LVMH Moët Hennessy – Louis Vuitton SE, the world‘s largest luxury goods giant has reached an agreement with the board of Tiffany & Co, in a move that will see the company purchase the world’s most iconic jeweller.
This week global business corridors were awash with the historic acquisition which will see the French multinational luxury goods conglomerate cement its position as a universal elite goods powerhouse. The Paris headquartered empire run by Billionaire Bernard Arnault will bring the iconic American jewellery brand into its fold at a cost of over $16 billion, making it the biggest luxury brand acquisition in history. The acquisition will add to the firm’s portfolio, which includes Louis Vuitton and Sephora.
The watershed deal was confirmed by LVMH on Monday. According to Forbes, LVMH will acquire Tiffany for $135 per share for $16.2 billion, almost $2 billion higher than the initial bid that LVMH made for the luxury jeweller in October. Tiffany will sit among LVMH’s 79 brands, in its watches and jewellery division. Global analysts say the deal will strengthen LVMH’s position in North America and build on its foundation in the jewellery market. The deal is expected to go through in the middle of 2020, LVMH said.
Shares of the Paris-based fashion house were up 2% on Monday morning, while Tiffany shares were up 6% in premarket trading. LVMH Chief Executive Officer & Chairman, Bernard Arnault told global media houses that his company was excited to bring Tiffany into its fold.
“We have immense respect and admiration for Tiffany and intend to develop this jewel with the same dedication and commitment that we have applied to each and every one of our Maisons.”
New York Times says the acquisition will give LVMH a bigger foothold in the United States, as well as help Tiffany in Europe and China. It will also cement the status of Bernard Arnault, the LVMH chairman and Chief Executive, as the most acquisitive deal maker in the luxury business.
Tiffany & Botswana
LVMH’s acquisition of Tiffany & Co makes the Benard Anault-run conglomerate one of the most important businesses in Botswana major economic sectors. Tiffany & Co is one of the major buyers of Botswana’s polished diamonds. In 2011, Tiffany opened a full diamond polishing and sorting factory in Botswana, valued at $4.8 million. In January this year, the 182- -year-old American Jeweller in a bid to increase its transparency and raise ethical jewellery standards across the industry, announced that it would expand its diamond polishing operations in Africa, particularly Botswana.
Botswana, the world’s largest diamond producer after Russia, is the only African country where Tiffany & Co buys and manufactures its stones. About 80% to 90% of Tiffany’s polished diamonds are acquired and manufactured through its Antwerp-based subsidiary, Laurelton Diamonds, which sources stones mined by De Beers from their operations in Botswana, Canada, Namibia, South Africa as well as Russian giant Alrosa, amongst others. Laurelton has manufacturing operations in Belgium, Botswana, Mauritius, Vietnam and Cambodia.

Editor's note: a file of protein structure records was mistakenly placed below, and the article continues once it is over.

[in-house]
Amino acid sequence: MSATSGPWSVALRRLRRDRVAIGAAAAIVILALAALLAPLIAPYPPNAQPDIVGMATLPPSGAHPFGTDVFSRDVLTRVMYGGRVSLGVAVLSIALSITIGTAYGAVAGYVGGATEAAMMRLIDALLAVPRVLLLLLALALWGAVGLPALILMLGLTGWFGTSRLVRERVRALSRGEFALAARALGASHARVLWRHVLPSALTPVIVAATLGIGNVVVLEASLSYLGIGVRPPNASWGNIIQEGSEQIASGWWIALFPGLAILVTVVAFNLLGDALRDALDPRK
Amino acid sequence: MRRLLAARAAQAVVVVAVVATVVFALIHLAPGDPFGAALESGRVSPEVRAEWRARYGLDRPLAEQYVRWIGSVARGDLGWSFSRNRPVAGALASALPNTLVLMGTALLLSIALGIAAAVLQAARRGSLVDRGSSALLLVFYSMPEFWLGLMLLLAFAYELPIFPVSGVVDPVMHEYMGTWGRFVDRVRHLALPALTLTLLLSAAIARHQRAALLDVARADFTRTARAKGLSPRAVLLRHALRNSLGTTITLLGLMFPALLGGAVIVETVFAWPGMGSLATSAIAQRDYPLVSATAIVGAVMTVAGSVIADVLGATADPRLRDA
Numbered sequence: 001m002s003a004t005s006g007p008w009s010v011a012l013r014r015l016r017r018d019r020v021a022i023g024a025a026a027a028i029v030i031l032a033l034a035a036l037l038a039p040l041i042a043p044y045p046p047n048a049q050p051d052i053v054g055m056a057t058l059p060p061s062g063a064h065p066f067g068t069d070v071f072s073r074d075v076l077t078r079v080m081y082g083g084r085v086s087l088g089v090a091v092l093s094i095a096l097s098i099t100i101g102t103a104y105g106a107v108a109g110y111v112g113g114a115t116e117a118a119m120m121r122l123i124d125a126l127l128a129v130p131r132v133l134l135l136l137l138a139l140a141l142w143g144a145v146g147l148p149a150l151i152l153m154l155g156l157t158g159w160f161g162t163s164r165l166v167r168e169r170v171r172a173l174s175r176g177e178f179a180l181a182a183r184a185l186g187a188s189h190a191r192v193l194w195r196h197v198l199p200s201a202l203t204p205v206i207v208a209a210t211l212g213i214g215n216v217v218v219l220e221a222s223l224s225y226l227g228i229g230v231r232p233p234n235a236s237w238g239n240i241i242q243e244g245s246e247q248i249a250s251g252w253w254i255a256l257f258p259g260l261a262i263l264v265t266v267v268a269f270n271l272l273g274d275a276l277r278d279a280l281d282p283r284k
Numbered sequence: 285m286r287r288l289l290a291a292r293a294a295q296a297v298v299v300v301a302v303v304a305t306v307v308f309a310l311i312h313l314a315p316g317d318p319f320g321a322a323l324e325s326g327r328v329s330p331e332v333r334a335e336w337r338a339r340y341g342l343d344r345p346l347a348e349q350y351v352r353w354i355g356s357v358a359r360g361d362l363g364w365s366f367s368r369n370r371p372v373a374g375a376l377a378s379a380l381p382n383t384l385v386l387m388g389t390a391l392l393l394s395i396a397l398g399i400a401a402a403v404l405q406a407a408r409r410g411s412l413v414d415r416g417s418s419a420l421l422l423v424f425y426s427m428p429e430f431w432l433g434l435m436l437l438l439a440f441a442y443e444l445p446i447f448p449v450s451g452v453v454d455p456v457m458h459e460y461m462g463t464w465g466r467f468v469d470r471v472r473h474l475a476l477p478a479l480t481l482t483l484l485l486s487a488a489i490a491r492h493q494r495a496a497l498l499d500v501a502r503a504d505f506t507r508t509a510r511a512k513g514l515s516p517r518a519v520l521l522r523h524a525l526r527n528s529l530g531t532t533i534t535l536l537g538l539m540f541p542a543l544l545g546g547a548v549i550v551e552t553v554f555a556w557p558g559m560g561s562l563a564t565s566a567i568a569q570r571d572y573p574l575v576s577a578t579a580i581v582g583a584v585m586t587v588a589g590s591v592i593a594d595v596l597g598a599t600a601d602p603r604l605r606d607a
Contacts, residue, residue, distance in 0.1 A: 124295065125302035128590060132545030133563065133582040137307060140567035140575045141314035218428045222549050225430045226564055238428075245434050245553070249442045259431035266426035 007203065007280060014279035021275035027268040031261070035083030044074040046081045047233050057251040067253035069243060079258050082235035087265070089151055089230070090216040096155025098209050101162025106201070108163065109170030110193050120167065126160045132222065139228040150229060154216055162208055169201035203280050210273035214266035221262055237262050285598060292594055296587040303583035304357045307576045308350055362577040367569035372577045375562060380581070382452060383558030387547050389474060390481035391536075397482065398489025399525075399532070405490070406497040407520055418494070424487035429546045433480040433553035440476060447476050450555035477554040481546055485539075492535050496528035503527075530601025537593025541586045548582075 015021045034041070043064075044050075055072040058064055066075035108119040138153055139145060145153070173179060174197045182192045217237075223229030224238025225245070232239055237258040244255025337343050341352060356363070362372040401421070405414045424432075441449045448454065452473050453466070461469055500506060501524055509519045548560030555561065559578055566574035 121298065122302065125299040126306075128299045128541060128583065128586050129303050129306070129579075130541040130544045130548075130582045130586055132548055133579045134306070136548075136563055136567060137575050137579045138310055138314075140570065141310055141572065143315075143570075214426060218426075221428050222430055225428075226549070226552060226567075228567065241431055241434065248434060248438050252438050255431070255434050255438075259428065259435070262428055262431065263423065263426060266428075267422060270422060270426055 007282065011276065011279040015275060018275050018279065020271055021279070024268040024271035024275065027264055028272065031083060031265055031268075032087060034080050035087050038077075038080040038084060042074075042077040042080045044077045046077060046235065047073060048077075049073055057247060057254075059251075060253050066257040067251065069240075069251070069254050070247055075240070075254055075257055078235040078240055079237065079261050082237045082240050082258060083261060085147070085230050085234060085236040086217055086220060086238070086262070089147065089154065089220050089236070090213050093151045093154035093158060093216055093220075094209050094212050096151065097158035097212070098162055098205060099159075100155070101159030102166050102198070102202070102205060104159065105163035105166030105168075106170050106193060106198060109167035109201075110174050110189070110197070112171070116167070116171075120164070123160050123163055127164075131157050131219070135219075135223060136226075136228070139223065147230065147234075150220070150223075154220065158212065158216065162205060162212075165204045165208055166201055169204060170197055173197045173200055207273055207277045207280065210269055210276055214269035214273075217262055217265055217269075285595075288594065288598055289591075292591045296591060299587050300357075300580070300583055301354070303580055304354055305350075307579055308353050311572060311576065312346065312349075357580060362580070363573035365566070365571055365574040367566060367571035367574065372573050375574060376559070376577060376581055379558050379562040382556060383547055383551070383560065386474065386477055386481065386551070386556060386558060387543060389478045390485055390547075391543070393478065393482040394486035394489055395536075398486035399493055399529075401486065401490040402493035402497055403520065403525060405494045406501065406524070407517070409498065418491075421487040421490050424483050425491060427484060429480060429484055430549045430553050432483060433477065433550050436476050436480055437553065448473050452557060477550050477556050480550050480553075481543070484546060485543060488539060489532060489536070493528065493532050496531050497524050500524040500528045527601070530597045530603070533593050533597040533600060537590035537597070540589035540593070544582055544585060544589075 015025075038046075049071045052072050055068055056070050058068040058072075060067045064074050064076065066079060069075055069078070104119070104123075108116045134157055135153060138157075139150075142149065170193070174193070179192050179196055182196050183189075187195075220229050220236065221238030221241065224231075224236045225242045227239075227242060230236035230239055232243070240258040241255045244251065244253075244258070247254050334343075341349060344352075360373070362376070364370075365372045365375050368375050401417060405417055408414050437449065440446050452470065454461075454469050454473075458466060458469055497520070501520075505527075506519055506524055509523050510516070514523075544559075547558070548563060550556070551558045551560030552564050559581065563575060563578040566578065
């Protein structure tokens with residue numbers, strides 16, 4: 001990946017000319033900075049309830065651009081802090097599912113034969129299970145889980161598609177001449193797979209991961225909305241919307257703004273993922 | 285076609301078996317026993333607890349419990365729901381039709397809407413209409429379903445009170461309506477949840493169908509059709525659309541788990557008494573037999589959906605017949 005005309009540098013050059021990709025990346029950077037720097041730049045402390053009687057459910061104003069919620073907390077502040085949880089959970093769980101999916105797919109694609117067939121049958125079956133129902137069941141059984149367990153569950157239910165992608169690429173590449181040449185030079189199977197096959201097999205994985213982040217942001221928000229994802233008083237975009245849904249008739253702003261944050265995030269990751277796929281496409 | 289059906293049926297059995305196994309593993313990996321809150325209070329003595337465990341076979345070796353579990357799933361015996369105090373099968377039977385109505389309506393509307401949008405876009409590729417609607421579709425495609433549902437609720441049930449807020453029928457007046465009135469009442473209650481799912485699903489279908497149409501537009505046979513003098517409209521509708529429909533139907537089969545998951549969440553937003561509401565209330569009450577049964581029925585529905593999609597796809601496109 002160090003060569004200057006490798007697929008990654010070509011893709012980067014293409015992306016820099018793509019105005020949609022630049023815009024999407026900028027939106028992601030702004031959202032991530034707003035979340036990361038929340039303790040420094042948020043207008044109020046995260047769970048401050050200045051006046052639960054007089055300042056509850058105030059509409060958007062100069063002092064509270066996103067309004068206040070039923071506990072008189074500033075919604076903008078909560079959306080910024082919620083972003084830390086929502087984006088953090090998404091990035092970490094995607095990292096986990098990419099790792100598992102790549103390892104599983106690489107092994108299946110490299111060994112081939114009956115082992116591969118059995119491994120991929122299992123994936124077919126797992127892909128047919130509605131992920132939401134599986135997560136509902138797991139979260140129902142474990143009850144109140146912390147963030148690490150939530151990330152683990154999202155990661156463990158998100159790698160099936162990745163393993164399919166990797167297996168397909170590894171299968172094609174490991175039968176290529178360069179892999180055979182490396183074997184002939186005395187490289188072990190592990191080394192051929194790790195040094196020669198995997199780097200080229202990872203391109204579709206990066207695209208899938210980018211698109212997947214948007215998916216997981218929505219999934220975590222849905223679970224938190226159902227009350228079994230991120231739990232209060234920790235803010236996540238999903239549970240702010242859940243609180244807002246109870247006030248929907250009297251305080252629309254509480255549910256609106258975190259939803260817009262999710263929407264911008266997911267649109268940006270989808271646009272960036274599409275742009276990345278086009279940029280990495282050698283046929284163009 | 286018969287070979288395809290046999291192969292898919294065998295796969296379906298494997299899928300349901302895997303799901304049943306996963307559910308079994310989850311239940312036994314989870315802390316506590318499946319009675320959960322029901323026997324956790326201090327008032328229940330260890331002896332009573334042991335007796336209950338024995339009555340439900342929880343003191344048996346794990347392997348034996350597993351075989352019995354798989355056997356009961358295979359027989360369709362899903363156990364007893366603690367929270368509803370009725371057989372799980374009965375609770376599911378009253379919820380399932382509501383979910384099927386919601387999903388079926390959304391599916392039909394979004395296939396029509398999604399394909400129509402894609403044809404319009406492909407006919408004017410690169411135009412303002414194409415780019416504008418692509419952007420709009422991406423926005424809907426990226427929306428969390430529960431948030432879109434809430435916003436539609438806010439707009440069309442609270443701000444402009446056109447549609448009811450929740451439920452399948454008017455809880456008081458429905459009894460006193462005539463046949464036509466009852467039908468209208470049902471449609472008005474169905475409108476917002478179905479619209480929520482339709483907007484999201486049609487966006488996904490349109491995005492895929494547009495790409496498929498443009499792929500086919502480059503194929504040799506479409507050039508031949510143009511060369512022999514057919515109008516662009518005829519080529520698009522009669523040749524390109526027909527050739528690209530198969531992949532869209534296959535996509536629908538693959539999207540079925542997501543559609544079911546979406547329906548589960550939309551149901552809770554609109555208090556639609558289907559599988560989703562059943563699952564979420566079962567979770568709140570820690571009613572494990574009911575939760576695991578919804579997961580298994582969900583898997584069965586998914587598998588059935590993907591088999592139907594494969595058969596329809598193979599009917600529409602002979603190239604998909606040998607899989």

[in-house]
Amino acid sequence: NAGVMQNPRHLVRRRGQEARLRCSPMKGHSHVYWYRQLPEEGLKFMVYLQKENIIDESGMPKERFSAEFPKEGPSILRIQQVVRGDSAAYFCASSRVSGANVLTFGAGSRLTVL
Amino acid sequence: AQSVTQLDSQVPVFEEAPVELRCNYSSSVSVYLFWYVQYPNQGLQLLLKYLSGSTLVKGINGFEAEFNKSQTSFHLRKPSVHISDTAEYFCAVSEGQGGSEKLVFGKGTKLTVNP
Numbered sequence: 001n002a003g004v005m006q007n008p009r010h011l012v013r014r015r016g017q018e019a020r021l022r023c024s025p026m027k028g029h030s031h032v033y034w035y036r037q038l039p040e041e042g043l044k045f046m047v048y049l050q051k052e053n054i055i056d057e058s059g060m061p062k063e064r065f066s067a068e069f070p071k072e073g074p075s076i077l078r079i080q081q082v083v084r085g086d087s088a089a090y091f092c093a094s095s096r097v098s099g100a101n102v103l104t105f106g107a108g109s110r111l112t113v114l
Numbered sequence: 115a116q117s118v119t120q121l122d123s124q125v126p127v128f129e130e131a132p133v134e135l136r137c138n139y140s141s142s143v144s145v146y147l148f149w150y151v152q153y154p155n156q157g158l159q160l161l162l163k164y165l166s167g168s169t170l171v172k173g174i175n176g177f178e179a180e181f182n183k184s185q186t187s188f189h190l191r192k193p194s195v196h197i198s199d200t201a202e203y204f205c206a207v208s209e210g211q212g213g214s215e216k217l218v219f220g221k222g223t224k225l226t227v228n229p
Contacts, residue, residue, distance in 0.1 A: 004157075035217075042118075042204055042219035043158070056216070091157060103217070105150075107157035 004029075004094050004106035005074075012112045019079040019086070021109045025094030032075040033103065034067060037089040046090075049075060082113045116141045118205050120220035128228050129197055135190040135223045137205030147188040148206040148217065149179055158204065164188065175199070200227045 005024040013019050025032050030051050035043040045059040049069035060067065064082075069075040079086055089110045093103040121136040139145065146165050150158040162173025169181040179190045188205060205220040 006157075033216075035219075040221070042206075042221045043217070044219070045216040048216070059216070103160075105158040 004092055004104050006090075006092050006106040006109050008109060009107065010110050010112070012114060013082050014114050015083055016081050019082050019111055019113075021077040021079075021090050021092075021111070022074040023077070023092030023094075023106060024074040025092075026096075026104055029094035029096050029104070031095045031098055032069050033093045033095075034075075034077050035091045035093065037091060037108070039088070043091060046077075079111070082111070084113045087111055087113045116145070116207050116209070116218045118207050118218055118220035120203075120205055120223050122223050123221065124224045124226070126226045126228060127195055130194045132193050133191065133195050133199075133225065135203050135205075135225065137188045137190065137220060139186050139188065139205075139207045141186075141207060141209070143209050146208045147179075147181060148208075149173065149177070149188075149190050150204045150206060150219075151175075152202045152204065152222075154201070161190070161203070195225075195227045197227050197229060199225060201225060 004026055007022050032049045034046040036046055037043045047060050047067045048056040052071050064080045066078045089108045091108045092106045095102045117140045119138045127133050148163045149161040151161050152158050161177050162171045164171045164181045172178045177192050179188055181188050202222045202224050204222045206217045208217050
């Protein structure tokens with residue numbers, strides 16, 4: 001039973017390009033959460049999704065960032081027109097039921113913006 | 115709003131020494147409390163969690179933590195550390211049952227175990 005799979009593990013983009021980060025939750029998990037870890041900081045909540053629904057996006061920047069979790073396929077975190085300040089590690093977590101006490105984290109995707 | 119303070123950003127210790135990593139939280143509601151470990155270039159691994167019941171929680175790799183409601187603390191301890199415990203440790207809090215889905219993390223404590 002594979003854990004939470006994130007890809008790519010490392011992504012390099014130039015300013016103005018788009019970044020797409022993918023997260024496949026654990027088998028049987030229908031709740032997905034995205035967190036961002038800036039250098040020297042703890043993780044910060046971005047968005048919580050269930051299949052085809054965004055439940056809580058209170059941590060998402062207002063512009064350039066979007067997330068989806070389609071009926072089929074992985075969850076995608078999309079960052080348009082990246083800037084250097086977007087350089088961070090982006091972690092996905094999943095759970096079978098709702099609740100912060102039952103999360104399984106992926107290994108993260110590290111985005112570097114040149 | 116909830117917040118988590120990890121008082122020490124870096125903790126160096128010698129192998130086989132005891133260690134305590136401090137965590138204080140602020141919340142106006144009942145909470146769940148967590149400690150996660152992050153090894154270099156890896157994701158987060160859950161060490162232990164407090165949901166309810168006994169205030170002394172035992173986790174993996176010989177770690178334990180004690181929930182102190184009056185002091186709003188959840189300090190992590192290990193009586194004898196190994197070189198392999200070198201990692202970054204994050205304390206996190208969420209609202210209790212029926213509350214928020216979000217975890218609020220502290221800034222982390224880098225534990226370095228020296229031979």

Masisi’s visit to Tiffany’s
Early this year President Masisi visited Tiffany & Co headquarters in New York and held talks with the company executives. He noted that Tiffany will continue being Botswana‘s major trading partner in the diamond business. Masisi’s visit to Tiffany was just a few months after Tiffany & Co-Chief Executive Officer, Alessandro Bogliolo visited Botswana.
While in Botswana, Bogliolo paid a courtesy call on President Masisi, during which time he highlighted that his company is what it is because of quality and ethically sourced diamonds mined in Botswana. Tiffany & Co started buying Botswana diamonds 50 years ago and had been operating polished factories in Botswana for the past 12 years. It employs about 200 people, the majority of whom are citizens.
Tiffany takeover makes Bernard Arnault second richest person on earth
According to Forbes, Bernard Arnault is now worth nearly $108 billion. Arnault’s net worth jumped over 1% Monday and nearly another 3% Tuesday along with LVMH’s stock, following his company’s agreement to buy Tiffany (TIF) for more than $16 billion.
Arnault and his family own more than 47% of the French luxury goods giant. The spike in LVMH shares puts Arnault just ahead of Microsoft (MSFT) co-founder Gates, who has a net worth of $107 billion. Arnault trails behind Amazon (AMZN) CEO Bezos, who tops the Forbes list with a fortune of just over $110 billion.
LVMH Botswana tourism interests
Having clinched a lucrative value chain stake in Botswana’s diamond industry, LVMH Moët Hennessy – Louis Vuitton SE now has billion-dollar interests in Botswana’s two major economic sectors. Early this year, Botswana’s Competition Authority approved an acquisition by the French conglomerate.
The billion-dollar global powerhouse acquired Belmond Botswana, a company that operates Eagle Island Lodge situated in the Okavango Delta in Xaxaba Island. The lodge is frequented by world-leading personalities, musicians, billionaires, royals and business people who visit the tourists’ attraction country.
Early this year, LVMH completed the acquisition of Belmond Group for $25.00 per Class A share in cash, mirroring equity value of $2.6 billion in the transaction and $3.2 billion in enterprise value. This transaction directly gave LVMH full ownership of three safari lodges in Botswana being Belmond Kwai River Lodge, Belmond Savute Elephant Lodge and the Belmond Eagle Island Lodge.